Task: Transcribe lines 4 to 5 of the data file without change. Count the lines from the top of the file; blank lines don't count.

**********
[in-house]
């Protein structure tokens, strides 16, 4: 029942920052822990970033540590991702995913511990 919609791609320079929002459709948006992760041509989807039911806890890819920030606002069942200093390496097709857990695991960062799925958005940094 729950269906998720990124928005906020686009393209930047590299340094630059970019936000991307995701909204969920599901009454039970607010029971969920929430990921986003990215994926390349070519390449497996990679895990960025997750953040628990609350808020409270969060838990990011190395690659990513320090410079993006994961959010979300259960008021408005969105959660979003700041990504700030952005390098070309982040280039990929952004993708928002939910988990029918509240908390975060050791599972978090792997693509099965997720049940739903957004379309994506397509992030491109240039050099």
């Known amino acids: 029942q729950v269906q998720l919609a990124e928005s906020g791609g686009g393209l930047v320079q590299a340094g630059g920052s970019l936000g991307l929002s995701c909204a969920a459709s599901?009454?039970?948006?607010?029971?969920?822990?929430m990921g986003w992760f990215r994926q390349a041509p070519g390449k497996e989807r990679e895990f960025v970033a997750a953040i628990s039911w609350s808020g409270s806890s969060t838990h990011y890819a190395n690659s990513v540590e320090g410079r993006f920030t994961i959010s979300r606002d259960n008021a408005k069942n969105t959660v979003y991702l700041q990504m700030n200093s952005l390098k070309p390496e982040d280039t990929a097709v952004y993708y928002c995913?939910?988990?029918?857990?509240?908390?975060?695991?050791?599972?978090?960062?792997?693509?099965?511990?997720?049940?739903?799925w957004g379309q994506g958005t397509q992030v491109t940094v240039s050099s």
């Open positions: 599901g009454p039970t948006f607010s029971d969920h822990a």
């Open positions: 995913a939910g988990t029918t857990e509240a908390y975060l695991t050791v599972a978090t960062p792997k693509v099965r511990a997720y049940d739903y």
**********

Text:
């Open positions: 599901g009454p039970t948006f607010s029971d969920h822990a």
């Open positions: 995913a939910g988990t029918t857990e509240a908390y975060l695991t050791v599972a978090t960062p792997k693509v099965r511990a997720y049940d739903y």